Politics & Policy

Sanders’s Criminal-Justice Plan Is Wrong in So Many Ways

Sen. Bernie Sanders speaks at the 2019 Iowa Democratic Wing Ding in Clear Lake, Iowa, August 9, 2019. (Gage Skidmore)
It’s based on the false premise that the justice system is draconian and racially oppressive, and it ignores that most prisoners are in state, not federal, prisons.

Earlier this week, Senator and presidential candidate Bernie Sanders released a fairly comprehensive criminal-justice plan, boldly entitled “Justice and Safety for All.” Criminal-justice reform has been a major theme of the 2020 campaign, and support for large-scale decarceration has emerged as a must-pass ideological litmus test for those seeking the Democratic-party nomination.

While the stated ends of Sanders’s plan (fairness and safer streets) are unobjectionable on their face, a closer look at the means by which he proposes to achieve them should set off  alarms for those of us who care about public safety.

The plan starts from the popular (but ultimately false) premise that the criminal-justice system is draconian and racially oppressive; largely because of this false premise, the plan’s prescriptions are unlikely to do any good.

Take, for instance, the plan’s goal of achieving a 50 percent reduction in the incarcerated population.

First, this a major flaw given that most of the criminal-justice system operates at the state level. Sanders implies that he could enact his proposed reforms unilaterally “as president.” But you can’t cut incarceration 50 percent through federal policy — either through presidential or congressional action — if only 10 percent or so of prisoners are federal to begin with.

Second, the goal of a 50 percent reduction is based on Sanders’s belief that our incarceration rate is driven “in no small part” by “extremely harsh sentencing policies and the War on Drugs.” This is simply untrue.

Drug offenders constitute less than 15 percent of state prisoners, who constitute about 88 percent of all prisoners in the U.S. Four times as many state prisoners are in for murder, robbery, rape/sexual assault, burglary, or aggravated/simple assault.

Moreover, the median term served by state prisoners is only about 16 months; and when it comes to drug offenders, about half (45 percent) serve less than a year in prison. Even 20 percent of state prisoners in for murder are out within five years.

A Bureau of Justice Statistics study found that more than a third of violent felons had an active criminal-justice status (i.e., were on probation, parole, or out with pending charges) when they committed their offense. Coupled with the fact that a 50 percent reduction in the prison population would require releasing or diverting scores of serious, chronic, and violent offenders, it’s safe to say that the decarceration component of Sanders’s plan would actually undermine the public’s safety if implemented.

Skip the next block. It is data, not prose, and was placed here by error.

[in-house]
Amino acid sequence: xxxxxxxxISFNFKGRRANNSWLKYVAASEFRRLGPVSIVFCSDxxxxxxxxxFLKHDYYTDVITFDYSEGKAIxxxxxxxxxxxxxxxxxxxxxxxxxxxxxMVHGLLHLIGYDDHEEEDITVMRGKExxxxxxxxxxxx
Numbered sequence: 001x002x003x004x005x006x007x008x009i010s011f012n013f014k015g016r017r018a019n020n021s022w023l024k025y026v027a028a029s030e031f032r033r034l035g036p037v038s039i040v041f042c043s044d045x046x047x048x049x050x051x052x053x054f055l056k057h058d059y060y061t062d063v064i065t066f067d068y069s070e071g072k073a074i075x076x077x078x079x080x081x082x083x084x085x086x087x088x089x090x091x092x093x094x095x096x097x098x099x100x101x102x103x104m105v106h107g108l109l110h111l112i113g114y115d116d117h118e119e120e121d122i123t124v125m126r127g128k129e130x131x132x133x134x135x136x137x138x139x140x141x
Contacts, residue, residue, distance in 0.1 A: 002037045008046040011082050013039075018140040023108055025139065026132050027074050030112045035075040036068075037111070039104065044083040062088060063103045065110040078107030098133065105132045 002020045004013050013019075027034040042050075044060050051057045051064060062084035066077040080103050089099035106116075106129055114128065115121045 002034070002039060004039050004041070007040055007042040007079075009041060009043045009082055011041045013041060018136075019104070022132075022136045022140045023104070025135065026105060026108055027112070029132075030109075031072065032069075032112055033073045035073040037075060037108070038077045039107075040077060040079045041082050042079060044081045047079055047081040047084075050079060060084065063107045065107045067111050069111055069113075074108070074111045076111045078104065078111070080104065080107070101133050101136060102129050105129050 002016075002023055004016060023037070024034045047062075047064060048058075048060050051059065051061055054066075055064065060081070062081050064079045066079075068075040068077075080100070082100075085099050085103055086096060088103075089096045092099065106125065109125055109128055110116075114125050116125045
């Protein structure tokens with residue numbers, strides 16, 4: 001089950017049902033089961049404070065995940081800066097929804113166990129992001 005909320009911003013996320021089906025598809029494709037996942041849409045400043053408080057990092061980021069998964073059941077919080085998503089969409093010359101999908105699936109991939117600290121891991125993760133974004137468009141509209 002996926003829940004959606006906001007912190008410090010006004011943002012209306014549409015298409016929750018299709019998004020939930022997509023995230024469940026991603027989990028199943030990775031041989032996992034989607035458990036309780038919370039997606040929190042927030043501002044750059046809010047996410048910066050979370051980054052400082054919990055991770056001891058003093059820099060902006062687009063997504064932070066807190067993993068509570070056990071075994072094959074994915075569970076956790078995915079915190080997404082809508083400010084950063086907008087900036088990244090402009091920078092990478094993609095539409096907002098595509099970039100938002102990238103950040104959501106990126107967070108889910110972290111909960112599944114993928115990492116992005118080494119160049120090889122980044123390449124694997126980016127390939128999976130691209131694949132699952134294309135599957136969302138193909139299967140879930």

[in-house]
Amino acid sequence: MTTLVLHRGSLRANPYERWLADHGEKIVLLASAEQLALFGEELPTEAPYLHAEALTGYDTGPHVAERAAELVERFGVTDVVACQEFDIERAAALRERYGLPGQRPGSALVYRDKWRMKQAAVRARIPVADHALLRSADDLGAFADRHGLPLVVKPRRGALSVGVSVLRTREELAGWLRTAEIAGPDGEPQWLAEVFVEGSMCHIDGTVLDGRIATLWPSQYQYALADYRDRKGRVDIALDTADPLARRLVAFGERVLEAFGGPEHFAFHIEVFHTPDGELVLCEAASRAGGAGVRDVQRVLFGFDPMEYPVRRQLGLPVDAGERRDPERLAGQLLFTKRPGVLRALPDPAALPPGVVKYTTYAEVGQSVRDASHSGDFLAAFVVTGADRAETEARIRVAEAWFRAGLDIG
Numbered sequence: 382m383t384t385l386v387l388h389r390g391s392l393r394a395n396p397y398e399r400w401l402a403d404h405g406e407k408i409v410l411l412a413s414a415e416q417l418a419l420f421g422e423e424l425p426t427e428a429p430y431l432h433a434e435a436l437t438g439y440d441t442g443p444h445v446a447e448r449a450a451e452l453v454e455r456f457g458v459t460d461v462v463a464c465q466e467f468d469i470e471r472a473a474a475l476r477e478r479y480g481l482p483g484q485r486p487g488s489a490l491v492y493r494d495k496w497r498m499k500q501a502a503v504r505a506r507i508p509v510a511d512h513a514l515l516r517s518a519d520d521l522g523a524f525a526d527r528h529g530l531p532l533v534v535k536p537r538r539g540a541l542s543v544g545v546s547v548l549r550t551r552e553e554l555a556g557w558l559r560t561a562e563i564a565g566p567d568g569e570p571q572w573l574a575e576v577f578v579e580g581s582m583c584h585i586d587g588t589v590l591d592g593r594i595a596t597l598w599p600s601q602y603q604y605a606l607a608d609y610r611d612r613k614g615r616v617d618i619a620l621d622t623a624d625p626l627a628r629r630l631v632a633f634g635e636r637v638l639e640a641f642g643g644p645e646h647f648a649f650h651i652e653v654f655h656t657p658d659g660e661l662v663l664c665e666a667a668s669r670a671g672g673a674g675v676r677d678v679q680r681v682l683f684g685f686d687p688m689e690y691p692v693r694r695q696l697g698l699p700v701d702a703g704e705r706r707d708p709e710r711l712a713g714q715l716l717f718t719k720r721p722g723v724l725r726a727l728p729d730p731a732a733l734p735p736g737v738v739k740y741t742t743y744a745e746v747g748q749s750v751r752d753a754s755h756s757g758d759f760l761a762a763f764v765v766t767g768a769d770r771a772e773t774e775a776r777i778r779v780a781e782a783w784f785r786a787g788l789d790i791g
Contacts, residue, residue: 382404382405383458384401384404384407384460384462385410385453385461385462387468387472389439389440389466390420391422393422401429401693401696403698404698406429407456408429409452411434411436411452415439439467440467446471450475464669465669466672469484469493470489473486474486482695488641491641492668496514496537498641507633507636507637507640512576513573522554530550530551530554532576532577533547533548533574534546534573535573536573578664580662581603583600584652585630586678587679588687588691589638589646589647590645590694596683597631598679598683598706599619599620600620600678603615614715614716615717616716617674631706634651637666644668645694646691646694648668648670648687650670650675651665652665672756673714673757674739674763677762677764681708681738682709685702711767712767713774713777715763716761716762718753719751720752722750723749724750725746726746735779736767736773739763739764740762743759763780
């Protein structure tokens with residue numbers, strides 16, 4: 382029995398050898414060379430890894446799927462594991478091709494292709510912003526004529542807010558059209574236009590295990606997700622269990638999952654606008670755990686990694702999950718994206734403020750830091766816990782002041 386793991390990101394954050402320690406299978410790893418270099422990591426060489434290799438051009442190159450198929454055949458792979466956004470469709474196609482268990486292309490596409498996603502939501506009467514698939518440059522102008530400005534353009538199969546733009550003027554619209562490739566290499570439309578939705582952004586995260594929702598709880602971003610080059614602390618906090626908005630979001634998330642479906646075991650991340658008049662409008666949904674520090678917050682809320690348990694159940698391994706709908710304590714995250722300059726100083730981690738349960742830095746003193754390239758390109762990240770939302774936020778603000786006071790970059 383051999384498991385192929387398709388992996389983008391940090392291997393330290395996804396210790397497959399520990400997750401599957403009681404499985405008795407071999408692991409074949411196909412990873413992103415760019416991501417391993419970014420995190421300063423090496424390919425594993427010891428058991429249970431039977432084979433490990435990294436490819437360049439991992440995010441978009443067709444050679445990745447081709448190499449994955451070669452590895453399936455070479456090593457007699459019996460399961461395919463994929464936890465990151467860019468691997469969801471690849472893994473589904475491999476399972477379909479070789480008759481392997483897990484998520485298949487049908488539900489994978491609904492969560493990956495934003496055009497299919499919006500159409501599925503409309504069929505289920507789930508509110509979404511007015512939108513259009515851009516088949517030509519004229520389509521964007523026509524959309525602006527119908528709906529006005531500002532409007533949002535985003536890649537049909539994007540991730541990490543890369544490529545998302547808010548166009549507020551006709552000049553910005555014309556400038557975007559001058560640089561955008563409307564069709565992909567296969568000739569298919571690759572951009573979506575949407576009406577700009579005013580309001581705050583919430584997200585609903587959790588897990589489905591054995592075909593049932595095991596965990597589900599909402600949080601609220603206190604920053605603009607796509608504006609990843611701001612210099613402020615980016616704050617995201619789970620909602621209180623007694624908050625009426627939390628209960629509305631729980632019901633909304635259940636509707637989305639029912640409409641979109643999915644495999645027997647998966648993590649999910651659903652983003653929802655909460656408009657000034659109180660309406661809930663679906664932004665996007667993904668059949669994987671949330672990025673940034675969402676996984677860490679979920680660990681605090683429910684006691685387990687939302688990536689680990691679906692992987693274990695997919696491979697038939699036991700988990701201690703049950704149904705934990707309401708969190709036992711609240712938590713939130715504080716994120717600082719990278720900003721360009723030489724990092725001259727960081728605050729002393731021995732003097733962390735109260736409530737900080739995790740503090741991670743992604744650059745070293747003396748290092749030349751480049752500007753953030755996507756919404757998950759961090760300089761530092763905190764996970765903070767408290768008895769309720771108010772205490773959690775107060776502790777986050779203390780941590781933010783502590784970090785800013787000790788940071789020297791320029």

Another example of the plan’s incongruity with its stated goal of maximizing safety is its call to ban punitive segregation — or as it’s more commonly known, “solitary confinement.” This is an experiment New York City has already conducted, having taken solitary off the table for jail inmates under the age of 21. That process began in 2016. By 2018, NYC jails had seen twice as many violent incidents than there were 20 years earlier, despite having half the average daily population, and employing close to the same number of corrections officers.

Sanders’s proposals demonstrate his misapprehension of key concepts and data. The plan libelously equates “Broken Windows” policing with “racial profiling” without bothering to explain what Broken Windows actually is. The plan also misleads voters by claiming that the “use of excessive force” by police, “including deadly shootings of unarmed civilians,” is “widespread.” On the contrary, police rarely use any force at all when making arrests, and when they do, it is almost never enough to cause serious injury to the suspect.

Yet another example of the plan’s misdirection is its assertion that “children with incarcerated parents tend to do worse in school, experience anxiety and depression, and develop behavioral issues.” But how much of that can be attributed to the antisocial behaviors of their parents separate and apart from their incarceration? Sanders doesn’t say. What’s left out are the studies showing that parental and sibling incarceration actually improves outcomes for children whose parents are on the margins of incarceration.

In Politico, Holly Otterbein referred to Sanders’s plan as “full-throated progressive agenda.” Perhaps that’s a throat in need of clearing. At 6,000 words, Sanders’ may be long on big ideas, but that doesn’t mean they’re good ones.

Rafael A. Mangual is a fellow and deputy director of legal policy at the Manhattan Institute for Policy Research, and a contributing editor of City Journal.

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